Leaning into the Emotion (Also known as I Hate Change)

Today was my last day of my internship. This sounds like a celebratory thing, doesn’t it? I feel like that would make sense, because people keep asking me how I feel. Am I excited? Is it awesome to be done?

I’m just going to be honest. It’s really cool that I made it through a year as a school psychologist intern. I’m proud of that. But no, I’m not excited to be done.

I’m sad.

This has been building ever since I graduated last month and my team surprised me with a basket full of gifts, a “school psychologist survival kit” if you will. That day, I broke down crying in J’s office because I knew that change was coming.

Part of it is that I still don’t know what the future is going to look like for me. I am waiting to hear whether or not I will be offered a job that I made it to the second round of interviews for. The stakes feel high here, and I don’t really have a plan if this one doesn’t pan out yet because I don’t have any other interviews scheduled right now and everything else I’ve interviewed for has been filled. Did I mention that I’m competing against my best friend for this job?

So yes, that’s weighing on me. I am oscillating between feeling like bad news is right around the corner and feeling hopeful that they will pick me, between just about to tip over the edge and stable. I hate this waiting game. Schools shouldn’t be allowed to put us through this.

That’s not all of it though. I think the bigger part was knowing that after today, it would never be like this again. I was blessed with a team that I loved working with. My supervisor, the learning disabilities consultant, and the social worker were each wonderful in their own way. I took something different away from working with them, learned different skills.

I’ve been working with my supervisor on and off for three years. He mentored me through all of my practicums and I’ve learned so much from him. I respect him as a school psychologist and I really like him as a person. Our personalities meshed well and we spent so much time joking around.

So many times recently, I tried to insist that I would stay in touch with all of them. We’ve made assurances that we will have lunch, that I will text them with updates on the job search.

The truth is though, no matter if that happens, it will not be the same. There is quite an age difference between myself and them, so I can’t imagine spending too much time with them outside of the walls of work. They have families and responsibilities. And now we do not have work to connect us anymore.

I knew all day that I was living my life as an intern on borrowed time and once I walked out that door it all changed. Which made me so sad, because for all the stress and questioning of my own abilities, I really loved my internship overall.

Not only that, but these are the schools I went to as a kid. This is the district that taught me for thirteen years before welcoming me back as a graduate student.  There’s a personal connection there.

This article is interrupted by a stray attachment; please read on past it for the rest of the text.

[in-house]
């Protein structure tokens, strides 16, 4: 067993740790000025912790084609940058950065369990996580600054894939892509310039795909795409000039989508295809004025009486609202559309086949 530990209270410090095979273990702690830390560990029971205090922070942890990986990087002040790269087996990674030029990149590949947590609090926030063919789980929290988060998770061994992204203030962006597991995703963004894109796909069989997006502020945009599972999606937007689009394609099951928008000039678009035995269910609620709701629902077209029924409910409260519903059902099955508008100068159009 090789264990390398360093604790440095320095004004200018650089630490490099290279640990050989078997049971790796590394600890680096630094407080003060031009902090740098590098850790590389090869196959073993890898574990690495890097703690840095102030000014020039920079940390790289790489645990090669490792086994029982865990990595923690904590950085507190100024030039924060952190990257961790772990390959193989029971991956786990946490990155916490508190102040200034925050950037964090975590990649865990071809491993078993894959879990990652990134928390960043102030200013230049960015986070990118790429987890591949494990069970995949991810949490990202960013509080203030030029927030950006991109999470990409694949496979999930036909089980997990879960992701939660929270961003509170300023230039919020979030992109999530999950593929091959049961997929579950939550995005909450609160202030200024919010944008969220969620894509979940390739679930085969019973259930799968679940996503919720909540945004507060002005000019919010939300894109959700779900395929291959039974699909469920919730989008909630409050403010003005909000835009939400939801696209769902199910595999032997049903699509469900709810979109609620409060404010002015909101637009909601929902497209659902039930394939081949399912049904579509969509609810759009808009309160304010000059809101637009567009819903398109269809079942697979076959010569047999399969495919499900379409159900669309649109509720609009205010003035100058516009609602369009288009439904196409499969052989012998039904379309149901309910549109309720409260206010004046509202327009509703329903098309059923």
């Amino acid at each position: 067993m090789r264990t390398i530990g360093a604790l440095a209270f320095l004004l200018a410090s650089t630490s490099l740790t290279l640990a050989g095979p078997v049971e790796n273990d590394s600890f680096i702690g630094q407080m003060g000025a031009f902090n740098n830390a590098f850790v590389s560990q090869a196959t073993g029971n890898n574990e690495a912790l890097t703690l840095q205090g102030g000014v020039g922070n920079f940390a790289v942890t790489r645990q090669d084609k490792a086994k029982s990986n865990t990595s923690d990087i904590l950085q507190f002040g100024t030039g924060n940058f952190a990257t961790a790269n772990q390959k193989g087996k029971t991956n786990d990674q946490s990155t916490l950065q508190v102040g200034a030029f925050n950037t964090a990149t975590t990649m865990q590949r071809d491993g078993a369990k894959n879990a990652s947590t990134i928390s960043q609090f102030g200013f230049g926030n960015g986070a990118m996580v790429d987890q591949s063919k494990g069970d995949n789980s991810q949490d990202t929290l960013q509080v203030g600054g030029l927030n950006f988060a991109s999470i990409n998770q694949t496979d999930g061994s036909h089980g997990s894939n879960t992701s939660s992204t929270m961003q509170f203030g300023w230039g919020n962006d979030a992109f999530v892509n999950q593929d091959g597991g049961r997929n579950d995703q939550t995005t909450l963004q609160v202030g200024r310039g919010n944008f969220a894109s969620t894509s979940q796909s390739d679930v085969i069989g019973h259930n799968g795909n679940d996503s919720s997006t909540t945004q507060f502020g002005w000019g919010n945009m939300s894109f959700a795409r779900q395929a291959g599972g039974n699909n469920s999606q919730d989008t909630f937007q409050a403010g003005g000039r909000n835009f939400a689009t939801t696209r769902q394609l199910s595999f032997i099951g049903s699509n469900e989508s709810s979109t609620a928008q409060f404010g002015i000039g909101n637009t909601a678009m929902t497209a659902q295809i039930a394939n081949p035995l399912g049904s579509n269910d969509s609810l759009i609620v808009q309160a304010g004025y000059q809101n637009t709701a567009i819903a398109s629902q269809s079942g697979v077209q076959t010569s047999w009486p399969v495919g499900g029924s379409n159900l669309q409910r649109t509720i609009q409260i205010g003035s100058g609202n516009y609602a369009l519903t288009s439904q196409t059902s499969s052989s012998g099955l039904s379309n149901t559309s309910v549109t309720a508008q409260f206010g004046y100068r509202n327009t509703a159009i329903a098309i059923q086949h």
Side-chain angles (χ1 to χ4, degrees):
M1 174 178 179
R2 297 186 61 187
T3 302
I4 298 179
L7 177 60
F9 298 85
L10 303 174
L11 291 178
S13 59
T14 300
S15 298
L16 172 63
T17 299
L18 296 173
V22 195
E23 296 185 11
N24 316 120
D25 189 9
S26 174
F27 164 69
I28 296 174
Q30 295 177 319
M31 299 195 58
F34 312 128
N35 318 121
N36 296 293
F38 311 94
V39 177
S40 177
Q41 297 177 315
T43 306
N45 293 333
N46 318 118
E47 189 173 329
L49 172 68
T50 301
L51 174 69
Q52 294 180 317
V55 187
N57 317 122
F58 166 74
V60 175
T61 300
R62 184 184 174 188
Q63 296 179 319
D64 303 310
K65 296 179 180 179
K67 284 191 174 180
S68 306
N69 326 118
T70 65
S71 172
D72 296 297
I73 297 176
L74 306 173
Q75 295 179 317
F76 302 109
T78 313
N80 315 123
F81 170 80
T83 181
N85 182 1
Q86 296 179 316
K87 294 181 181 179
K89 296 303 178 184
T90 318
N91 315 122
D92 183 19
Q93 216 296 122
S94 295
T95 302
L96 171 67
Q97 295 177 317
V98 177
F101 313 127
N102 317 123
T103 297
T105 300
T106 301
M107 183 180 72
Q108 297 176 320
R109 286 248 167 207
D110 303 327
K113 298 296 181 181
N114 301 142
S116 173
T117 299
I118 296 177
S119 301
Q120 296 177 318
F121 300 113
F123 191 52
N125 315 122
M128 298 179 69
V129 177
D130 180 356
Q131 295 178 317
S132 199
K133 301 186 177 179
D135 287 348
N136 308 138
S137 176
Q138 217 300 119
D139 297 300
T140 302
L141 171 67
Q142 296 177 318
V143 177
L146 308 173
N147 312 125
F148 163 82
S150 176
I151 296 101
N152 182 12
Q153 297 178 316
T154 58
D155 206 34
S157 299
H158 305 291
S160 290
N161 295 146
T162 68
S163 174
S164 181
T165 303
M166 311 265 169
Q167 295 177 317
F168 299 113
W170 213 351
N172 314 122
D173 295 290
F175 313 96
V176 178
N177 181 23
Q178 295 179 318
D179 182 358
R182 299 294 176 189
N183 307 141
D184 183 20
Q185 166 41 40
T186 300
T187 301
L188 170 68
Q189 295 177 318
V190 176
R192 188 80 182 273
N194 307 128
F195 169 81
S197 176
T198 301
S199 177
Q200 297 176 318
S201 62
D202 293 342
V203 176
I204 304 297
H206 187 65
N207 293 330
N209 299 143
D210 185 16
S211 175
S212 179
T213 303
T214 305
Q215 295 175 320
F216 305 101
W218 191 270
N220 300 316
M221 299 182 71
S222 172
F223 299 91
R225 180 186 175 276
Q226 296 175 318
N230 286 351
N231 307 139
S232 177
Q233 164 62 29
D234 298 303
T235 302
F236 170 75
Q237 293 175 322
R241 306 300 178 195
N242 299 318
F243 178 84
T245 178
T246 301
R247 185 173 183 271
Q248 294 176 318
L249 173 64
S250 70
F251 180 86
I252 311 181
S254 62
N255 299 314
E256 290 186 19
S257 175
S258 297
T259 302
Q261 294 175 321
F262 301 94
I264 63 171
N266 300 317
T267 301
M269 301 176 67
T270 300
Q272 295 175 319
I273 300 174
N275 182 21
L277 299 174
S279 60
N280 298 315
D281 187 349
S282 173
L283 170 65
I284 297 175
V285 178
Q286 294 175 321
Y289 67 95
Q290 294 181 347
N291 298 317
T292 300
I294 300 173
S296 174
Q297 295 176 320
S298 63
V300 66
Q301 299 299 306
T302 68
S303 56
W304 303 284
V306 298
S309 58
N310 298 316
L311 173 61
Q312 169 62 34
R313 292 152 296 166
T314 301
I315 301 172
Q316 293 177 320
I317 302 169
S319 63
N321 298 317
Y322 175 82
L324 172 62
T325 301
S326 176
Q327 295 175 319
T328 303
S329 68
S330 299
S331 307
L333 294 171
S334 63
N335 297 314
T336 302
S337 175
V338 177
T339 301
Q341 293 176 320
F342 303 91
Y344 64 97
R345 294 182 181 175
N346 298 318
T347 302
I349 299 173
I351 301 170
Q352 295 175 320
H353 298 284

I went in this morning and just soaked it up. I joked around with my teammates, we went across the street to where the intermediate school was having a fair day and played games with the kids. Then we came back and got ice cream. My colleagues teased me about being a “quitter.” Eventually, it was time to part ways. I gave everyone hugs and made it out the door and to the car before I burst into tears.

I let myself cry the whole way to my babysitting job. Being with the girls reenergized me, gave me a distraction, but the sadness is back again now. As I type this, I’m feeling my eyes well with tears.

I’m heartbroken to leave. I really am. And it’s killing me.

I’m not used to letting myself feel my pain. It feels counterproductive to healing for me to express anger or sadness or fear, even though I know instinctively that they need to come out. When emotions threaten to rise, I stuff them back down.

Except J tells me that I need to give myself permission to feel. She tells me this all the time, and I’m trying to listen to her. But it hurts so much. It hurts to let the emotion work its way through your body. To feel without fighting it.

And I wonder, why is this such a necessary evil? Why do I have to feel pain to feel better. It makes no sense. I don’t want to let the feelings of loss and fear overwhelm me. Yet I am. It’s a brand new experience.

So the tears come. The sadness radiates. I’m sitting here waiting for it to get free of me so I might feel some relief.I’m sensitive enough as it is on a good day.When your emotions are as intense as mine, the wait to survive sadness like this is interminable.

Hopefully tomorrow I’ll wake up feeling better. I really hate change.


Stop Calling Suicide “Selfish”

Listen up, readers. I’ve got a bone to pick with the world. Something I’m so damn tired of having to say every time this topic begins to circulate the news.


We had two notable people take their own lives this week. Apparently that’s created a platform for others to utilize their right speak freely. I support free speech. Everyone is entitled to their opinion, I believe that.

However, it makes me really sad and disheartened to hear some of the things people choose to say and believe.